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Jul 27,2007
Pop Talk: Triple play for DeLuca and band
by George Varga

With its fatalistic title and bleak lyrics, Rocco DeLuca's song "I Trust You to Kill Me" seems ideally suited to accompany a graphic torture scene in the hit TV series "24." And that's doubly fitting, since DeLuca credits "24" star Kiefer Sutherland (aka anti-terrorist agent supreme Jack Bauer) as the prime influence for "I Trust You to Kill Me."

TRIPLE PLAY - Rocco DeLuca has been compared to Jeff Buckley and Radiohead, but his earthy blues roots give his music a distinctive sheen. CNS Photo courtesy of Ted Newsome. 
"I was inspired to write the song by a discussion I had with Kiefer, who is a really talented, smart and generous individual," said DeLuca, the first artist signed to Sutherland's record label, Ironworks.

"We were at a bar and kind of talking about moving forward and putting my album out. Up until then, I loved to play live by myself because it was over (so quickly). Doing an album was a big step for me that said 'this is me and what I represent,' and it freaked me out."

Hardened by his two decades in the entertainment industry, Sutherland didn't mince any words. The veteran actor candidly told the Long Beach, Calif.-based singer-songwriter exactly what risks artists face when they pour their heart and soul into a work made for public and media consumption.

DeLuca, who in 2003 earned a degree in literature at Long Beach State University in California, listened carefully.

"Kiefer said: 'If you're going to jump into this game, you've got to know what's at stake and be willing to take the hits you'll get,'" DeLuca, 31, recalled. "Then he said: 'Listen, if you don't break your own heart, we'll do it for you.' And I said: 'I trust you to do that. And I trust you to kill me.'"

The result of that barroom chat was the blues-drenched title track of the very promising 2006 debut album by Rocco DeLuca & The Burden. The dozen-song release features a series of tortured but tender songs that draw from rock, folk, country, vintage blues and the hypnotic drones featured in the classical music of India.

But "I Trust You to Kill Me" is a title track in name only, since it doesn't appear on the album that bears its name. The song, featured on DeLuca's MySpace Web page (www.myspace.com/roccodeluca), can also be heard on the "I Trust You to Kill Me" DVD. Filmed on tour in England, it features a sometimes drunken Sutherland acting - with varying degrees of success - as DeLuca's one-man road manager and band promoter.

Despite not being on the album, the song has become a fan favorite at concerts by DeLuca and his four-man backing band, The Burden. DeLuca and his band play venues large and small and are comfortable in both as they strive to simply engage listeners with their earthy yet eloquent music.

"This is what excites me about the band," DeLuca said. "We carry the same intimacy and energy in a small venue as we do in a big place. You have to have both - intimacy and the power to explode - and I think we do."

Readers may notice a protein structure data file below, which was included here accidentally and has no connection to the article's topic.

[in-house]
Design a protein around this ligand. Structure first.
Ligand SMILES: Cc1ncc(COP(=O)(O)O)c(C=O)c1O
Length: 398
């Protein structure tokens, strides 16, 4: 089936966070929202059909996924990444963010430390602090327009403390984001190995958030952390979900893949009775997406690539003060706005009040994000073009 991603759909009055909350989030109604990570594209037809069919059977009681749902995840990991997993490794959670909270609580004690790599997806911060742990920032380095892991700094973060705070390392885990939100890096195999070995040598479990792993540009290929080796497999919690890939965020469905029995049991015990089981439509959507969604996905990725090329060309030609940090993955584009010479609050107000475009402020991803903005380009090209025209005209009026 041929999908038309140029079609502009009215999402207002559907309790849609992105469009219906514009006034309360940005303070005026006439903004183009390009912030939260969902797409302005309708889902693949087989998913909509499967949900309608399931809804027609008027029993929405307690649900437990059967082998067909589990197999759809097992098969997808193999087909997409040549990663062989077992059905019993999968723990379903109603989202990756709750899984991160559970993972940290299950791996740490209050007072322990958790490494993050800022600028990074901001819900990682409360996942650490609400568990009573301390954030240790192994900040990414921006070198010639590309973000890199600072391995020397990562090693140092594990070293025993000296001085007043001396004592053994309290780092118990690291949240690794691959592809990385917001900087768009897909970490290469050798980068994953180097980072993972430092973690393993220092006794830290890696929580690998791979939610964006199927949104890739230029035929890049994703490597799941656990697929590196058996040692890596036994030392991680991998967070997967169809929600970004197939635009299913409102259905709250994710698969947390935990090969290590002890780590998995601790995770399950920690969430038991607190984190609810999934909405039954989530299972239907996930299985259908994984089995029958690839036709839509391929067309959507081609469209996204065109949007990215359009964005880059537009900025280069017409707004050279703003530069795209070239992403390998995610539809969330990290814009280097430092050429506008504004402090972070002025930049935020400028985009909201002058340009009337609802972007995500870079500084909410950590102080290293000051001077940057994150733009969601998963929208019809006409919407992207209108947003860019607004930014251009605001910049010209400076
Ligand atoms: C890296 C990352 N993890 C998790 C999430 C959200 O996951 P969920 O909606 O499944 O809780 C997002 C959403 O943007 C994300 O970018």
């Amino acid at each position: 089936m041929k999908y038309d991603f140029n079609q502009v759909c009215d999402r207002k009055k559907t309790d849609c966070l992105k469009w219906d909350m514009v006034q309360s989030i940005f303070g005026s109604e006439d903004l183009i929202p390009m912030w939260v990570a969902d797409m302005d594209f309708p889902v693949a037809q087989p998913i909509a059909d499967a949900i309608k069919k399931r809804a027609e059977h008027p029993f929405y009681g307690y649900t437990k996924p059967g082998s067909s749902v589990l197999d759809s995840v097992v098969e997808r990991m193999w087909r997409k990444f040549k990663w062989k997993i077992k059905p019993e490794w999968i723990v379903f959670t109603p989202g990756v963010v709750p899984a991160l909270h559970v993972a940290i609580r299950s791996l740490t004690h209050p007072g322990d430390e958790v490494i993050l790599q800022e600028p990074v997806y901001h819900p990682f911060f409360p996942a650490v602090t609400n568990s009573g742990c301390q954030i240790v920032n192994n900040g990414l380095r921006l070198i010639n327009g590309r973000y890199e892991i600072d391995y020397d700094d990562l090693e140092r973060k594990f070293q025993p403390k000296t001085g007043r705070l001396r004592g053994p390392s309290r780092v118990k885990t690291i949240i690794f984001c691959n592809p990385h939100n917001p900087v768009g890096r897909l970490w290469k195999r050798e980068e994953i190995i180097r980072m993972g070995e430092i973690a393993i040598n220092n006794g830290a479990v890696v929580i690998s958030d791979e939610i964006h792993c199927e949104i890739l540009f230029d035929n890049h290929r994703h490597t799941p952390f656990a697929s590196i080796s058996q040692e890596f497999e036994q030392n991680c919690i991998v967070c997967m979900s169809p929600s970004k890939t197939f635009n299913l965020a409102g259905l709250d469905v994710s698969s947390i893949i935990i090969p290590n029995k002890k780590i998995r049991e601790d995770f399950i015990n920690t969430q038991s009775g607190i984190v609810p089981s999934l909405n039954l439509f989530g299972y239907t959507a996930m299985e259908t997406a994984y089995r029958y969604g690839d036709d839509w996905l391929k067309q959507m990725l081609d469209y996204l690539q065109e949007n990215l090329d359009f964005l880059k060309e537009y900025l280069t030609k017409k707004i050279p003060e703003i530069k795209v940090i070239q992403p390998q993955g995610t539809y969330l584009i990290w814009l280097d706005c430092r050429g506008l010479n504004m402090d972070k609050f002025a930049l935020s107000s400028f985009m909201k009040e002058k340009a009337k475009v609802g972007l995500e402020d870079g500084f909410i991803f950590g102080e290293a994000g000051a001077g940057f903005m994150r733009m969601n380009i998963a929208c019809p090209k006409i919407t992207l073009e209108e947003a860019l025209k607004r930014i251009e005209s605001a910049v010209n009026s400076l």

His confidence is justified.

On record and especially in concert, he and his band expertly create an absorbing range of musical moods and textures perfectly suited to his atmospheric music.

Then again, The Burden may be the only rock-related band anywhere whose members perform on such exotic instruments as harmonium (a hand-pumped organ that originated in India) and cajon (a boxlike Peruvian hand drum).

DeLuca himself plays mostly on a Dobro and a National Steel. Each of these six-stringed acoustic guitars has a built-in metal resonator. The resulting increase in volume made both instruments popular with the pioneering Delta blues pioneers of the early 20th century, including such haunting (and haunted) DeLuca favorites as Son House, Mississippi Fred McDowell and Bukka White.

"The Dobro is vulnerable and aggressive at the same time," said DeLuca, whose love of Delta blues serves as a launching pad for his own music, not a final destination. "I kind of shunned the electric blues stuff. I felt like the storytelling going on with the early blues and folk musicians had a deeper element to it. I know one is not better than the other, but the early acoustic blues seemed closer to the source.

"Honestly, it was more evil; a darker, more haunted thing. It wasn't just about good times and turning up the volume. It was these powerful lyrics with simple accompaniment. And that, to me, is still the most powerful thing in music.

"When I say 'evil' or 'dark,' I just believe it's a part of our landscape as human beings and that you have to go to those places to find the real beauty in life. So, for me, it's a conduit to get to some optimism."

DeLuca's best songs make a powerful impact even in their most understated moments. A skilled instrumentalist and a gifted singer and songwriter, he draws from the past, not to slavishly mimic, but as both a steppingstone to the future and a way to salute his musical forefathers.

"There's definitely some kind of bridge between what inspired me and what I'm putting out," DeLuca said. "It's more fun and interesting the further back you go and dip into the well than it is to take from the latest thing that you like. So if I'm a conduit in anyway, shape or form for a kid to buy a Fred McDowell record, that's pretty cool."

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